I once worked as a contractor for a certain company. That company required me to sign an agreement that contained the following:

5.2. Protection of Confidential Information. Contractor shall not use Confidential Information for any purpose whatsoever or in any manner whatsoever except for the sole purpose of performing this Agreement. All Confidential Information shall be kept confidential; provided, however, that (i) Contractor may disclose Confidential Information to [Company]’s own employees and contract team members (“Authorized Persons”) who need to know such information in order to accomplish the purpose for which [Company] has disclosed the Confidential Information, it being understood that such Authorized Persons shall be informed of the confidential nature of such information, shall be directed to treat such information confidentially, and that Contractor shall be responsible for any breach of this Agreement by such Authorized Persons, and (ii) any disclosure of Confidential Information may be made after [Company] consents in writing in advance of disclosure. Contractor agrees to take any and all reasonable measures to prevent any unauthorized use, disclosure, publication, or dissemination of Confidential Information to anyone other than Authorized Persons, but in no event less than the level of protection that Contractor gives to its own confidential information. Contractor agrees not to otherwise use Confidential Information for its own benefit or for the benefit of any third party.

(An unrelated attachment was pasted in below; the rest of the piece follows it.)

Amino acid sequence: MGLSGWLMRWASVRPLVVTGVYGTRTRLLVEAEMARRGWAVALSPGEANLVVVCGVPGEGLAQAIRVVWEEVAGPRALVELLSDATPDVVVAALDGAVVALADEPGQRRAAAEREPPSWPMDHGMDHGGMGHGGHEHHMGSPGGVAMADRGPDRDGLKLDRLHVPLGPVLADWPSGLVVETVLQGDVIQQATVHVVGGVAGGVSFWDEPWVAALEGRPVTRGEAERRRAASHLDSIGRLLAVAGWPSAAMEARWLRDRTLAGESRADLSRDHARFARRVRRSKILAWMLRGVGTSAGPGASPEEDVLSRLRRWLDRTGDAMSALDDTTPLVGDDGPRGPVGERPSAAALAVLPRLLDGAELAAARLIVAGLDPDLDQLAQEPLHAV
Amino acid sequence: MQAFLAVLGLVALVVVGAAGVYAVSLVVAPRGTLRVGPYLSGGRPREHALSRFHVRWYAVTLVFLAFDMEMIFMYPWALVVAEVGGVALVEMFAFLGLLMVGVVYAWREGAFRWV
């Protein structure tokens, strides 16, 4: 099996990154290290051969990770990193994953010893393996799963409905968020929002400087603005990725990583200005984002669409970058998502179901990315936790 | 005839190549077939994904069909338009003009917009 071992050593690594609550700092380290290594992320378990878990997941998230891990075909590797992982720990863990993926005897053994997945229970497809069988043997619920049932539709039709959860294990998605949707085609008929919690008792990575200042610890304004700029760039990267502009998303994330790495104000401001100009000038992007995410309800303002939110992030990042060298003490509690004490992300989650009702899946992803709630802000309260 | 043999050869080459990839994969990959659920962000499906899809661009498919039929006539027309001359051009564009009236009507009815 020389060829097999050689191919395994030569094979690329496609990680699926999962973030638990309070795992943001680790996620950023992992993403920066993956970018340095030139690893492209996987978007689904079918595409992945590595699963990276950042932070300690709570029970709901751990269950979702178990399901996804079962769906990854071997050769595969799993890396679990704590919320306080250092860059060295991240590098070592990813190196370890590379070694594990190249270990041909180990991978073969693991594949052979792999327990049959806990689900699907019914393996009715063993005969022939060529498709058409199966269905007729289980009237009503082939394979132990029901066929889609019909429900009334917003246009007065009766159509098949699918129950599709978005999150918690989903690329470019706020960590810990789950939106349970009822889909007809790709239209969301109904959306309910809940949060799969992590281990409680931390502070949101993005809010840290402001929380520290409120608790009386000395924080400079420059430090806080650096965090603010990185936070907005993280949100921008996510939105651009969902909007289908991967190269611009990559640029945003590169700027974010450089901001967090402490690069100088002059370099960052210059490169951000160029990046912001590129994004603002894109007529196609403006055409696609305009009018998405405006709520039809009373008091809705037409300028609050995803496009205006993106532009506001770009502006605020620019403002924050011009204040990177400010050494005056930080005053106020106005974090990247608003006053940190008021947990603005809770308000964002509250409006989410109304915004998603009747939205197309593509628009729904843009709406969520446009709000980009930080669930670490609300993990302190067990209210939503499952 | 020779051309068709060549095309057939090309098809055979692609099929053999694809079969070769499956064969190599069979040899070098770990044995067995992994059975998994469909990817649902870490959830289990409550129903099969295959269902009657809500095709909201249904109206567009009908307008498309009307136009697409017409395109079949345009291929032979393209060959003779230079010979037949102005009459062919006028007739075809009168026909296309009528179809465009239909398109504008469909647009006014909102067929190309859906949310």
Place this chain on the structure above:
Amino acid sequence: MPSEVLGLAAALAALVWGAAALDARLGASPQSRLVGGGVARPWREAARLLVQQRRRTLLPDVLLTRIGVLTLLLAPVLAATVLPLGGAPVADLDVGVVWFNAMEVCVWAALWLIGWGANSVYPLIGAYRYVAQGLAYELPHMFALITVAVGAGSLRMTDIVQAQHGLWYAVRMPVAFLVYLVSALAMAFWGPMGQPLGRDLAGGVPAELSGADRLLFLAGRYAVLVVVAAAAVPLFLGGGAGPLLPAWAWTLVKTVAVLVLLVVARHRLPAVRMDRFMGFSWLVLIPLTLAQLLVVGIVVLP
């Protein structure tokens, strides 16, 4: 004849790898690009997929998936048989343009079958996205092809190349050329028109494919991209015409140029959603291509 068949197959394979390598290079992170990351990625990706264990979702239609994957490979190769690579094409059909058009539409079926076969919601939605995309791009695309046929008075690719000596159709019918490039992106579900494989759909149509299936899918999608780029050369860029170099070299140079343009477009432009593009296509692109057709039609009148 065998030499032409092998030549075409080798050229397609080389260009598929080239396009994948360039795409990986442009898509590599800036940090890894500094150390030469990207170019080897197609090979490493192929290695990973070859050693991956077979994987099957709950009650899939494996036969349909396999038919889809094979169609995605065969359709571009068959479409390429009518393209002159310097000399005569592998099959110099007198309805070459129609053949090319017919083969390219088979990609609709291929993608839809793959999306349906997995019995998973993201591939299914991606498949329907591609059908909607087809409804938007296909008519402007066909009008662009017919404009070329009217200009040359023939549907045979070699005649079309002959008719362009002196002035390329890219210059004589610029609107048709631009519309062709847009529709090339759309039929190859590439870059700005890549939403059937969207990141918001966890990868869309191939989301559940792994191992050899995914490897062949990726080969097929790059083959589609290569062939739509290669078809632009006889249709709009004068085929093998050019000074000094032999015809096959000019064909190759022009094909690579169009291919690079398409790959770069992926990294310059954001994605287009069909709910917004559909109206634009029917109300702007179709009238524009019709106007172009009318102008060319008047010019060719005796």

My question is regarding the bolded text. I pointed it out to the CEO, and he agreed to remove it before I signed the agreement. But what if that clause had not been removed? Would it be enforceable, given that I cannot control what other people do?

2 Answers 2


I believe what the original text meant to say was this:

  1. Contract team members ("Authorized Persons") are deemed to be your subcontractors or employees; and
  2. If your people do something wrong with Confidential Information, you will be responsible (vicarious liability).

However, the wording used in the clause is not particularly literate in legal terms:

  • It is not clear as to whether Authorized Persons are in fact your people, as opposed to just other contractors like yourself;
  • If Authorized Persons are your people, they are not a party to the contract, and therefore they cannot breach it. You will be in breach if you fail to ensure that they handle Confidential Information correctly.

Yes, although unreasonable, it might be enforceable. By signing the contract, you are knowingly consenting to respond under the terms of that clause. That is why you need to insist that the clause be removed, more so since the CEO agreed to remove it.

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